School House Rock Live! Jr., originally conceived and directed by Scott Ferguson, is based on the book by Scott Ferguson, Kyle Hall and George Keating, with music and lyrics by Lynn Ahrens, Bob Dorough, Dave Frishberg, Kathy Mandry, George Newall and Tom Yohe. The play is presented through special arrangement with Music Theater International (MTI). All authorized performance materials are also supplied by MTI.
March 14, 2017
The North Dakota State College of Science Alumni Foundation will host the 22nd Annual DREAMS Auction on Friday, April 7th at the Clair T. Blikre Activities Center in Wahpeton, N.D.
The DREAMS Auction is the annual fundraiser for the NDSCS Alumni Foundation with proceeds benefitting a variety of programs, scholarships and activities of the NDSCS Alumni Foundation. “The public is invited to enjoy this early spring event featuring a gourmet buffet, silent auction, and live auction activities,’ said Kim Nelson, Alumni Foundation executive director.
NDSCS Culinary Arts students prepare the strolling buffet complete with candied bacon and jumbo shrimp cocktail—two of the favorites of over 20 menu items. Volunteers and student groups assist with this annual premiere event including the NDSCS Ambassadors who greet guests, assist with seating and explain the TEXT2BID, a silent auction bidding process. Guests are encouraged to bring cellphones or iPads to participate in TEXT2BID, now in its second year at the auction.
The 2017 DREAMS Auction features an assortment of Live Auction packages to bid on, some of which include vacation packages to Cancun, Florida, and Colorado, plane rides, a train ride and Vikings tickets. The DREAMS Auction Book featuring all the generous gifts provided by alumni and friends of the college will go live online on March 29th for pre-auction viewing.
New in 2017 is a photo booth for guests to document their personal DREAMS memories to share with friends, family and guests following the event. LeMar Photography, Wahpeton, is providing the photo booth. Photos will be accessible for downloading the week following the event.
Reservations for a table of eight should be made by Monday, March 20th, or individual tickets may be purchased through Wednesday, April 5th by calling 701.671.2247 or going online at ndscsalumni.com. Tickets are not sold at the door the evening of the event. The DREAMS Auction tickets include two games of chance, valet parking, a strolling buffet, and a photo booth. Doors open at 5:30 p.m.
For more information, call the Alumni/Foundation office at 701.671.2247 or visit www.ndscsalumni.com. Follow the Foundation on Facebook at Wildcat Alum.
March 10, 2017
By Samantha Stark
Hundreds of hours in a sweltering kitchen led up to this moment. Surrounded by stainless steel cabinets and appliances, five North Dakota State College of Science culinary students in matching chef’s jackets and toques hastily constructed four dishes in a short 90 minute time period.
A tip of the toque
In early February, the NDSCS chefs in training represented North Dakota in the American Culinary Federation’s 2017 Central Regional Culinary Salon Competition in Chicago, Illinois.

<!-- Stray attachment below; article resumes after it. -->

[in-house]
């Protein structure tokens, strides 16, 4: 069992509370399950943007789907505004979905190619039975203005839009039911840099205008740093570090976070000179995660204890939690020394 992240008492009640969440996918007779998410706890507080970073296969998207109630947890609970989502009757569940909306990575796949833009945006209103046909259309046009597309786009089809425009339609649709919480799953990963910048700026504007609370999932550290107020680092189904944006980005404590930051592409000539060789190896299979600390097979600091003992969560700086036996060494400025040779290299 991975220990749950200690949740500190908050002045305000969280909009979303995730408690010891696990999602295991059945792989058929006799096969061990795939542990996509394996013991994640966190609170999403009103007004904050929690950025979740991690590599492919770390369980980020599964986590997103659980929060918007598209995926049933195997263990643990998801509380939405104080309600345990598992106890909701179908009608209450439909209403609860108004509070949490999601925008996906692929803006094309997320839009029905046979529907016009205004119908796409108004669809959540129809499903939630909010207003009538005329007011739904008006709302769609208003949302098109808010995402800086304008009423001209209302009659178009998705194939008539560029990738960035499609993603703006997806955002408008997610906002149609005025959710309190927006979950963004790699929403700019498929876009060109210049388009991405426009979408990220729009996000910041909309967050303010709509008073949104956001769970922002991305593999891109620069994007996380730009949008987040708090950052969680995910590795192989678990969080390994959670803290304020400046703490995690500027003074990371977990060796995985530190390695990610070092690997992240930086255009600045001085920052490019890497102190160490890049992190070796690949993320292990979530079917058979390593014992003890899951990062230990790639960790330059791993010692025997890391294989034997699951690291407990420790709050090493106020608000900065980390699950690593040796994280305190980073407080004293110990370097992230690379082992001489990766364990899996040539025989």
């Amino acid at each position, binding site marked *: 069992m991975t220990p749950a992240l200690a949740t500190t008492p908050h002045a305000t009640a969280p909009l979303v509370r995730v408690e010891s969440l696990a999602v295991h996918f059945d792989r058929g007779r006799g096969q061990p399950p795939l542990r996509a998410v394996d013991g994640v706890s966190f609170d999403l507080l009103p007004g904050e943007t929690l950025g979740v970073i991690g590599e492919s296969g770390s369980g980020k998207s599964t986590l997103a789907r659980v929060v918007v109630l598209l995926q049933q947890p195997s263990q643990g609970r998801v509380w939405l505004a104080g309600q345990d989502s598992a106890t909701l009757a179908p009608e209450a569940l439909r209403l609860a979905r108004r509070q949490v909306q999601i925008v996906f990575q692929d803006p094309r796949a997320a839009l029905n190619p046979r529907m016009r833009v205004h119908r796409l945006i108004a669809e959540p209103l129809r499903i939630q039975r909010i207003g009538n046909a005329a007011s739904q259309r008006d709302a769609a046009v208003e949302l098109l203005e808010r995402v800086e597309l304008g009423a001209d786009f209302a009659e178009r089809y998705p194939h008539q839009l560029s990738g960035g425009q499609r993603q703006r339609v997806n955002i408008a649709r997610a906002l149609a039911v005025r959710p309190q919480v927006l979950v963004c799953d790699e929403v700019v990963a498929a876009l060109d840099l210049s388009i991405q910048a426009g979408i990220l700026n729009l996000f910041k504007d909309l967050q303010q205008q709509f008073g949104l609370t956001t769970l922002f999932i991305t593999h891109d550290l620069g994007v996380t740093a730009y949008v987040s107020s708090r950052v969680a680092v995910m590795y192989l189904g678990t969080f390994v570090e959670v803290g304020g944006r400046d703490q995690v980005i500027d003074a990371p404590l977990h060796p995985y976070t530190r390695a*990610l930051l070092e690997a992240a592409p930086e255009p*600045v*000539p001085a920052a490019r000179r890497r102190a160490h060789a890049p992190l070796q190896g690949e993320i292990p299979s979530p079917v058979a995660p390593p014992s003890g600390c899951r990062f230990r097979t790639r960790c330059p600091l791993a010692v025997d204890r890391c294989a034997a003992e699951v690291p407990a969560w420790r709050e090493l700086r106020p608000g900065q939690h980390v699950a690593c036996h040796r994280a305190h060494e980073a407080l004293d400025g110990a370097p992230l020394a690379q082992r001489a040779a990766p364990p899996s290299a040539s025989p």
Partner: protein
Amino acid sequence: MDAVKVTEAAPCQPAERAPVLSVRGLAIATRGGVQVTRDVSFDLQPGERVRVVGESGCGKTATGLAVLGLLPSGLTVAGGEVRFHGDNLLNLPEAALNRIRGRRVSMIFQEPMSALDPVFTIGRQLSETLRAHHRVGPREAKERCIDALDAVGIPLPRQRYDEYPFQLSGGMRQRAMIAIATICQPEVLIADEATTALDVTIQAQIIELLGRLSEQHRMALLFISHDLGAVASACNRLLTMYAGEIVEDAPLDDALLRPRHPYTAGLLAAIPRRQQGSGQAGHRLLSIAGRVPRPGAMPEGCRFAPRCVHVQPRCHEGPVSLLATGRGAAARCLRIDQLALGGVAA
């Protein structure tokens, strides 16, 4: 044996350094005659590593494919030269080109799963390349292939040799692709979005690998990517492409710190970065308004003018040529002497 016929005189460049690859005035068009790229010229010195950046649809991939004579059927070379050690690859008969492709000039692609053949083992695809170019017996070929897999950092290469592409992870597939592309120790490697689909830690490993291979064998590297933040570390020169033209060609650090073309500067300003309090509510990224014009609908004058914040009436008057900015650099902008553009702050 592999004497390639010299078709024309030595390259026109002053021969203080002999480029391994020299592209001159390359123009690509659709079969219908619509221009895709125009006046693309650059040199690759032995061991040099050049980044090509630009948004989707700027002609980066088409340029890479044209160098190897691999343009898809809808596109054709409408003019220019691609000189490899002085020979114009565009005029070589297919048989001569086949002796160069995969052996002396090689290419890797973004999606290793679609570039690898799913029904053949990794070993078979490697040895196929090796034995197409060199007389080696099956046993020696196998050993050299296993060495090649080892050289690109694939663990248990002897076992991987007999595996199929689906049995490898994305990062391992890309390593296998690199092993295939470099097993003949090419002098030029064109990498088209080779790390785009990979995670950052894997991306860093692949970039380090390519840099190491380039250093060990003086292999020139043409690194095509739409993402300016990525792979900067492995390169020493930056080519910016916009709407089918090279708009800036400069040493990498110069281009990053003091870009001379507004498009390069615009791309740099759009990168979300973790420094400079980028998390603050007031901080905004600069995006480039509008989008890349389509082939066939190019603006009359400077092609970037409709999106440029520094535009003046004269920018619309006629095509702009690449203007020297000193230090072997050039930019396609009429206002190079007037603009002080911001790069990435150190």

The team included Jared Wick, Joe Brunner, Cassie Witte, Taisyn St. Claire, Lexi Meuchel, Coach Kyle Armitage and two team support specialists, Brooke Thomas and Brittney Harty.
The regional competition consists of nine teams from different states in the Central United States all facing off for a chance to represent their region in the national competition held in Orlando, Florida.
“It’s a pretty intense situation,” Armitage said.
Start the clocks
The North Dakota team was created two years ago by local master chef Eric Watson, co-owner of Mezzaluna, Rustica and Mosaic Foods, with the mission to further the culinary industry in Fargo-Moorhead and surrounding areas.
“He knew that students are a big part of that,” Armitage said. “He was a competitor when he was a student and had become very passionate about it. He saw how the competition teaches beginner chefs confidence, teamwork and practice.”
Watson reached out to NDSCS and Armitage to help start and coach a North Dakota team. With a sponsorship from the Red River Valley Chefs Association, they were able to hold tryouts, construct a team and start training for the competition within months.
“He committed a lot of his time outside of work and away from his family to make sure the team was organized and ready,” Armitage said. “He gave a lot to get it started.”
To compete at the regional level, teams must first win local and state competitions. Since NDSCS’s culinary team is currently the only competitors in North Dakota, the members were able to participate by default. But that didn’t stop them from making sure they were just as prepared as their competitors. The team put in long hours behind the knife and even traveled out of state to Nebraska for practice critiques against other teams.
“This is an extracurricular activity for these guys. They all have jobs. They’re all full-time students, some are even active in other organizations on campus. There is a lot of other stuff going on for all of them. But they all found time to practice. As we got closer to competition, we started practicing all day Saturdays and Sundays,” said Armitage.
‘It’s a dance’
“You put all this time and energy into training and only compete for a little amount of time,” added Wick, the team’s captain.